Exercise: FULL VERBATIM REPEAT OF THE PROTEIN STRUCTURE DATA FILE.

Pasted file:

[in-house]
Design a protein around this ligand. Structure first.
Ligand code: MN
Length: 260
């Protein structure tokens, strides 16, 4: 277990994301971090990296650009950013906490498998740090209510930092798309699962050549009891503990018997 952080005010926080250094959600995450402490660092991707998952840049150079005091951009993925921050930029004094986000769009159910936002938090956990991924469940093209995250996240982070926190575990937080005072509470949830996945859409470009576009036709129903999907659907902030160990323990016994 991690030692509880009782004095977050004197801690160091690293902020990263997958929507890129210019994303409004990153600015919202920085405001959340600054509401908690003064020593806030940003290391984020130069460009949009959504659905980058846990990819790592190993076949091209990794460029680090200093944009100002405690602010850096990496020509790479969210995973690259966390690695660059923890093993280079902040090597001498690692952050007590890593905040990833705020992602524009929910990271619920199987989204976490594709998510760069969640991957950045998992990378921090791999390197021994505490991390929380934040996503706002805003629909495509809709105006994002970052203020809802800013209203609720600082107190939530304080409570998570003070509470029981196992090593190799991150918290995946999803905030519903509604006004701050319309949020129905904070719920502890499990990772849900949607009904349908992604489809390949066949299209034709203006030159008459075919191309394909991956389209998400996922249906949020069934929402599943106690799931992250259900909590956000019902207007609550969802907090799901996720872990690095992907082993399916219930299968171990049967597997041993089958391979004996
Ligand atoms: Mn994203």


[in-house]
Design a protein around this ligand. Structure first.
Ligand code: MN
Length: 260
């Protein structure tokens, strides 16, 4: 277990994301971090990296650009950013906490498998740090209510930092798309699962050549009891503990018997 952080005010926080250094959600995450402490660092991707998952840049150079005091951009993925921050930029004094986000769009159910936002938090956990991924469940093209995250996240982070926190575990937080005072509470949830996945859409470009576009036709129903999907659907902030160990323990016994 991690030692509880009782004095977050004197801690160091690293902020990263997958929507890129210019994303409004990153600015919202920085405001959340600054509401908690003064020593806030940003290391984020130069460009949009959504659905980058846990990819790592190993076949091209990794460029680090200093944009100002405690602010850096990496020509790479969210995973690259966390690695660059923890093993280079902040090597001498690692952050007590890593905040990833705020992602524009929910990271619920199987989204976490594709998510760069969640991957950045998992990378921090791999390197021994505490991390929380934040996503706002805003629909495509809709105006994002970052203020809802800013209203609720600082107190939530304080409570998570003070509470029981196992090593190799991150918290995946999803905030519903509604006004701050319309949020129905904070719920502890499990990772849900949607009904349908992604489809390949066949299209034709203006030159008459075919191309394909991956389209998400996922249906949020069934929402599943106690799931992250259900909590956000019902207007609550969802907090799901996720872990690095992907082993399916219930299968171990049967597997041993089958391979004996
Ligand atoms: Mn994203």